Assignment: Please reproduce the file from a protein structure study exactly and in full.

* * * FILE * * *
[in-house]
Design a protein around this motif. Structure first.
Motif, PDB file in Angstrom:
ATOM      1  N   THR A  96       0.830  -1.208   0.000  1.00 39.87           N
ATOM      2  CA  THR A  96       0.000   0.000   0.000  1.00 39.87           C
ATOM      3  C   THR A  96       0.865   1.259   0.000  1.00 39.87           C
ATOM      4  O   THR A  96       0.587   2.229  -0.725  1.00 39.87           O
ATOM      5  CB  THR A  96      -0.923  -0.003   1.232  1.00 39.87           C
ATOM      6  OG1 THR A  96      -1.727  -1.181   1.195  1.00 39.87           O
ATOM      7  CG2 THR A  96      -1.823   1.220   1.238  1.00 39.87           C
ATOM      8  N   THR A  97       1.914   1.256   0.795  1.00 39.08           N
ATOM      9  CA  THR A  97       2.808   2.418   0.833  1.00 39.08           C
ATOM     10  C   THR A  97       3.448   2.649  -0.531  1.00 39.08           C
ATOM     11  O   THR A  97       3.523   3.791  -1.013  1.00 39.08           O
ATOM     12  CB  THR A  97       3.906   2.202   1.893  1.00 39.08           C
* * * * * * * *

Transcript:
[in-house]
Design a protein around this motif. Structure first.
Motif, PDB file in Angstrom:
ATOM      1  N   THR A  96       0.830  -1.208   0.000  1.00 39.87           N
ATOM      2  CA  THR A  96       0.000   0.000   0.000  1.00 39.87           C
ATOM      3  C   THR A  96       0.865   1.259   0.000  1.00 39.87           C
ATOM      4  O   THR A  96       0.587   2.229  -0.725  1.00 39.87           O
ATOM      5  CB  THR A  96      -0.923  -0.003   1.232  1.00 39.87           C
ATOM      6  OG1 THR A  96      -1.727  -1.181   1.195  1.00 39.87           O
ATOM      7  CG2 THR A  96      -1.823   1.220   1.238  1.00 39.87           C
ATOM      8  N   THR A  97       1.914   1.256   0.795  1.00 39.08           N
ATOM      9  CA  THR A  97       2.808   2.418   0.833  1.00 39.08           C
ATOM     10  C   THR A  97       3.448   2.649  -0.531  1.00 39.08           C
ATOM     11  O   THR A  97       3.523   3.791  -1.013  1.00 39.08           O
ATOM     12  CB  THR A  97       3.906   2.202   1.893  1.00 39.08           C